Sargsyan had been president of the impoverished, former Soviet Union republic for more than ten years. During his tenure he facilitated a constitutional amendment that gave more power to the prime minister and downgraded the presidency to a ceremonial role. His presidential term ended in March, but in April he was nominated to the post of prime minister, a decision that echoed similar tenure-lengthening maneuvers by Russian President Vladimir Putin, Armenia’s closest ally. Angry protestations erupted from people fearing their country was headed the way of other former Soviet republics, from Belarus to countries in Central Asia, whose leaders had engineered lifetime jobs for themselves.
The numbers of demonstrators grew daily. On Sunday, Sargsyan agreed to meet with opposition leader Nikol Pashinyan. But when Pashinyan said: “I came here to discuss your resignation,” Sargsyan had him arrested. Finally on Monday, after hundreds of uniformed soldiers joined the tens of thousands of anti-government protesters, Sargsyan issued a statement which read: “The street movement is against my tenure. I am fulfilling your demand.”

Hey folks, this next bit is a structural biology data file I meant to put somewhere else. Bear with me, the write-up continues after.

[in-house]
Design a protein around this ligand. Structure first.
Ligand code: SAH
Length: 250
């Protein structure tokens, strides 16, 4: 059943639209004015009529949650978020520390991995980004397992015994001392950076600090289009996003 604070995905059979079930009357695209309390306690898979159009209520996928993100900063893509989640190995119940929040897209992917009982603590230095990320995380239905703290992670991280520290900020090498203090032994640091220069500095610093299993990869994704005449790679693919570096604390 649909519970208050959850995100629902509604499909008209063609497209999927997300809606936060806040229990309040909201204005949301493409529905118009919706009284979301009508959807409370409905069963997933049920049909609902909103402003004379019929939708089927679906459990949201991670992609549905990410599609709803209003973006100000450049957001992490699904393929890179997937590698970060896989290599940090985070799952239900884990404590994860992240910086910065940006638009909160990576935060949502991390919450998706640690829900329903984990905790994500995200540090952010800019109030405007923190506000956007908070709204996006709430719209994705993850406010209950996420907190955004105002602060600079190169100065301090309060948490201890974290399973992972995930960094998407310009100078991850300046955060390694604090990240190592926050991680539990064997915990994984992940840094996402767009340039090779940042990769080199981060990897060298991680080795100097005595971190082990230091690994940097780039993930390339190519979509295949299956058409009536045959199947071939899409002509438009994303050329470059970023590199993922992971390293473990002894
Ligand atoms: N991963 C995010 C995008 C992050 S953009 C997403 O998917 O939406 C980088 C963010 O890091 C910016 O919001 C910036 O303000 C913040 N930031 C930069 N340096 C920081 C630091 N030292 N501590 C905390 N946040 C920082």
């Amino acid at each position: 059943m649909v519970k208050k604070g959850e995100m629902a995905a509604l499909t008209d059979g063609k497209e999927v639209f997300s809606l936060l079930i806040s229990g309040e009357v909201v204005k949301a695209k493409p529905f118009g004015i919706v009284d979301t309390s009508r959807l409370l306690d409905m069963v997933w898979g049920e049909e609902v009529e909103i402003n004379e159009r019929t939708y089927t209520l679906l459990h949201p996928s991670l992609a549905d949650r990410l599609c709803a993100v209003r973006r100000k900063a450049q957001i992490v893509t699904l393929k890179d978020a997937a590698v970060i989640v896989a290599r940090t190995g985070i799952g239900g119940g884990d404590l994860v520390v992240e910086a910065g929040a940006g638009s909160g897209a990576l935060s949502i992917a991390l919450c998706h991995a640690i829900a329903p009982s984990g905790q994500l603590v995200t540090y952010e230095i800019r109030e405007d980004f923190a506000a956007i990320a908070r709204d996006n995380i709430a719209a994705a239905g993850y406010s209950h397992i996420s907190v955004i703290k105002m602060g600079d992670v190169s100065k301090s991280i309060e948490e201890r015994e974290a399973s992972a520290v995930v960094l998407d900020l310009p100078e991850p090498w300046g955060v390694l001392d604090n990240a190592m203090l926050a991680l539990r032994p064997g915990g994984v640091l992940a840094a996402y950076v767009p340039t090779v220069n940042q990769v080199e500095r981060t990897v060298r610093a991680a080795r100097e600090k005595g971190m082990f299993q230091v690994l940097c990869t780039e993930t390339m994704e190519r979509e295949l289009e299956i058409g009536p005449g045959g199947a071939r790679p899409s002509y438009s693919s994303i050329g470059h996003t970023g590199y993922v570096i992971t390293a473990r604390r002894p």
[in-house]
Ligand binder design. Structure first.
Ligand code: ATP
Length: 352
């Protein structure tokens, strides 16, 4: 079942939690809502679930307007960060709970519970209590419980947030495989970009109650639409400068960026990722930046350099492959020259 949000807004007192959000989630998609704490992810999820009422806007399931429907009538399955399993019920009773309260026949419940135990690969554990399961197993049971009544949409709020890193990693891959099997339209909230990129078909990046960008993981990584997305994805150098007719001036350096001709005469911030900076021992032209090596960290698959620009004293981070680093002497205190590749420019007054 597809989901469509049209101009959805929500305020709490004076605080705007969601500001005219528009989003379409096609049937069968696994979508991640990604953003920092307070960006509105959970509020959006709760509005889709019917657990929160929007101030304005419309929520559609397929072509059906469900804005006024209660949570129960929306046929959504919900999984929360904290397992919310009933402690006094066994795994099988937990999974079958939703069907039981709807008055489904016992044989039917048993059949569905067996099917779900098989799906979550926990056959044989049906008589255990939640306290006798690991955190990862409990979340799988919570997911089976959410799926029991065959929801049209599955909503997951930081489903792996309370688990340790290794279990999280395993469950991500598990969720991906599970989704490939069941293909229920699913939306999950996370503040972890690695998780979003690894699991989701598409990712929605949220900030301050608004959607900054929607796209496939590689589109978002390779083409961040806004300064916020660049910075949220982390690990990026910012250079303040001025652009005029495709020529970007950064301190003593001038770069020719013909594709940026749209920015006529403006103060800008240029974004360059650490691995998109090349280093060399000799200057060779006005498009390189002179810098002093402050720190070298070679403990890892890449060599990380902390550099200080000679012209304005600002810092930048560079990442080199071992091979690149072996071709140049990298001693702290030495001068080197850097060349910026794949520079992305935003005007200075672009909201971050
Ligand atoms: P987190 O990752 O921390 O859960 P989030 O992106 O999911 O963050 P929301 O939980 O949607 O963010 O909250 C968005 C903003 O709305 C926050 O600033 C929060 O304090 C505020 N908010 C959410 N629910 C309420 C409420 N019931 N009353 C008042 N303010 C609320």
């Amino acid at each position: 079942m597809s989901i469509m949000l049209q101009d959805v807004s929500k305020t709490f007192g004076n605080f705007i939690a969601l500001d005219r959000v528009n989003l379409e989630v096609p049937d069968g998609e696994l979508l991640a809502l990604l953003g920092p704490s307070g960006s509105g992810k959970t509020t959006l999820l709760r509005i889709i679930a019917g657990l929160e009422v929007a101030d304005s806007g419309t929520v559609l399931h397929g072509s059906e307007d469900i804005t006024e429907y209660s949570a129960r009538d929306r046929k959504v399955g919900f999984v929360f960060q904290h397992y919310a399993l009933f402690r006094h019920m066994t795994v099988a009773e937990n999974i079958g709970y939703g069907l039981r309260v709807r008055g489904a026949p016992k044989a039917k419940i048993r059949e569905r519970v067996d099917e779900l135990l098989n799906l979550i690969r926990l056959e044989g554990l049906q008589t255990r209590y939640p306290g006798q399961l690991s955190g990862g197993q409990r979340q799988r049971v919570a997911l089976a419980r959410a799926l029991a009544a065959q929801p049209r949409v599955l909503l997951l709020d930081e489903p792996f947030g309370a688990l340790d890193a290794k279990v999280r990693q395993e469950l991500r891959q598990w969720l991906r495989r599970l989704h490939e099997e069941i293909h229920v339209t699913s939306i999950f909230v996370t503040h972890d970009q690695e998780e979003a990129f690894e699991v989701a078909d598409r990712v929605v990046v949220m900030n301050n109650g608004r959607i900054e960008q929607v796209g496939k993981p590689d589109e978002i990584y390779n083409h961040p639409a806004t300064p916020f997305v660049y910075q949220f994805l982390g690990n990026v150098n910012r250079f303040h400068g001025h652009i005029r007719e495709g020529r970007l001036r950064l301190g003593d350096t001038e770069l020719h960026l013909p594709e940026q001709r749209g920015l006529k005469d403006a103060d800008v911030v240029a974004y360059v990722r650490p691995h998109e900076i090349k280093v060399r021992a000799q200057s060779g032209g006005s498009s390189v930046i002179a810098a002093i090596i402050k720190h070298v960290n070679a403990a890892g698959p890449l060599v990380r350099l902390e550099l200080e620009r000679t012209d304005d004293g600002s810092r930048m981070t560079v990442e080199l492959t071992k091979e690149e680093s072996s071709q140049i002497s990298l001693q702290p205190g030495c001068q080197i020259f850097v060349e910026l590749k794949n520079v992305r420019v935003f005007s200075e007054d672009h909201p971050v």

|LOOSE NUTS: FASCINATING NEWS|
-We know that sitting for long periods of every day has myriad health consequences, including a higher risk of heart disease and diabetes. A new study now shows that sitting too much is also bad for your brain. (NYT)
-A US postal worker kept about 17,000 pieces of mail for more than 10 years because he was “overwhelmed” by the amount he had to deliver. The mail carrier told authorities he “made sure to deliver the important mail.” (NYT)
-The Duke and Duchess of Cambridge welcomed a son on Monday. He is fifth in line to the throne and also the third and youngest child of the family. So, what’s it like growing up as a third child? (BBC)
-“Killer robots have been a staple of TV and movies for decades, from Westworld to The Terminator series. But in the real world, killer robots are officially known as ‘autonomous weapons.’” (NPR)
“I wish you way more than luck.” – David Foster Wallace
RECOMMENDED FOR YOU